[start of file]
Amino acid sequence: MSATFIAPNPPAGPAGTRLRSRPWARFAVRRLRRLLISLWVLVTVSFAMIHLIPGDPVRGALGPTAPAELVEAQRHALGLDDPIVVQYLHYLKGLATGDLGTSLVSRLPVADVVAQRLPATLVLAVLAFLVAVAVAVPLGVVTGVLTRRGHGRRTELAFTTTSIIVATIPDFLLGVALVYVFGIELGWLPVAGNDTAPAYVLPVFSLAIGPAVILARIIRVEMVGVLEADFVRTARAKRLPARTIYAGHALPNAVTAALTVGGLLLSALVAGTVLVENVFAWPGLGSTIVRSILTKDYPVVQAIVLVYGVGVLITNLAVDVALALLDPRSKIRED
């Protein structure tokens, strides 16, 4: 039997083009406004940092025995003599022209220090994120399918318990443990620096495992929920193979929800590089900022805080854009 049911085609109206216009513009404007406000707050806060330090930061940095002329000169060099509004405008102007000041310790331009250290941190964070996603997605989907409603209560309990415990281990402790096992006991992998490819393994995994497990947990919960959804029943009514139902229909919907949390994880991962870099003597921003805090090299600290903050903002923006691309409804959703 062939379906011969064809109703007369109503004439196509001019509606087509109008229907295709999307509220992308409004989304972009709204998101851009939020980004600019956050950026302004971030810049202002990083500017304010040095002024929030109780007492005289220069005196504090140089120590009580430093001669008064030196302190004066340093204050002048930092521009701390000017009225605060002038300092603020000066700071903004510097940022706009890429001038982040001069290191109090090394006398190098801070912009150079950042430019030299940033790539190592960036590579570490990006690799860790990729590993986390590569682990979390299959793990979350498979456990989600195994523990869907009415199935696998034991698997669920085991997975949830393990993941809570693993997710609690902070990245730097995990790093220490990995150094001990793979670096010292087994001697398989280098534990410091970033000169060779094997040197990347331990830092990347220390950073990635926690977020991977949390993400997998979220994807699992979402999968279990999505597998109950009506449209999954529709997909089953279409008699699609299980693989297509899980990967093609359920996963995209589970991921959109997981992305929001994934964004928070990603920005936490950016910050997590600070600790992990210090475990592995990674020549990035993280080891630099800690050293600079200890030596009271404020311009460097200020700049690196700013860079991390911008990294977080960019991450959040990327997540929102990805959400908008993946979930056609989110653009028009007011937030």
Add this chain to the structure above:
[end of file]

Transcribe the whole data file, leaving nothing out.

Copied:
Amino acid sequence: MSATFIAPNPPAGPAGTRLRSRPWARFAVRRLRRLLISLWVLVTVSFAMIHLIPGDPVRGALGPTAPAELVEAQRHALGLDDPIVVQYLHYLKGLATGDLGTSLVSRLPVADVVAQRLPATLVLAVLAFLVAVAVAVPLGVVTGVLTRRGHGRRTELAFTTTSIIVATIPDFLLGVALVYVFGIELGWLPVAGNDTAPAYVLPVFSLAIGPAVILARIIRVEMVGVLEADFVRTARAKRLPARTIYAGHALPNAVTAALTVGGLLLSALVAGTVLVENVFAWPGLGSTIVRSILTKDYPVVQAIVLVYGVGVLITNLAVDVALALLDPRSKIRED
């Protein structure tokens, strides 16, 4: 039997083009406004940092025995003599022209220090994120399918318990443990620096495992929920193979929800590089900022805080854009 049911085609109206216009513009404007406000707050806060330090930061940095002329000169060099509004405008102007000041310790331009250290941190964070996603997605989907409603209560309990415990281990402790096992006991992998490819393994995994497990947990919960959804029943009514139902229909919907949390994880991962870099003597921003805090090299600290903050903002923006691309409804959703 062939379906011969064809109703007369109503004439196509001019509606087509109008229907295709999307509220992308409004989304972009709204998101851009939020980004600019956050950026302004971030810049202002990083500017304010040095002024929030109780007492005289220069005196504090140089120590009580430093001669008064030196302190004066340093204050002048930092521009701390000017009225605060002038300092603020000066700071903004510097940022706009890429001038982040001069290191109090090394006398190098801070912009150079950042430019030299940033790539190592960036590579570490990006690799860790990729590993986390590569682990979390299959793990979350498979456990989600195994523990869907009415199935696998034991698997669920085991997975949830393990993941809570693993997710609690902070990245730097995990790093220490990995150094001990793979670096010292087994001697398989280098534990410091970033000169060779094997040197990347331990830092990347220390950073990635926690977020991977949390993400997998979220994807699992979402999968279990999505597998109950009506449209999954529709997909089953279409008699699609299980693989297509899980990967093609359920996963995209589970991921959109997981992305929001994934964004928070990603920005936490950016910050997590600070600790992990210090475990592995990674020549990035993280080891630099800690050293600079200890030596009271404020311009460097200020700049690196700013860079991390911008990294977080960019991450959040990327997540929102990805959400908008993946979930056609989110653009028009007011937030």
Add this chain to the structure above: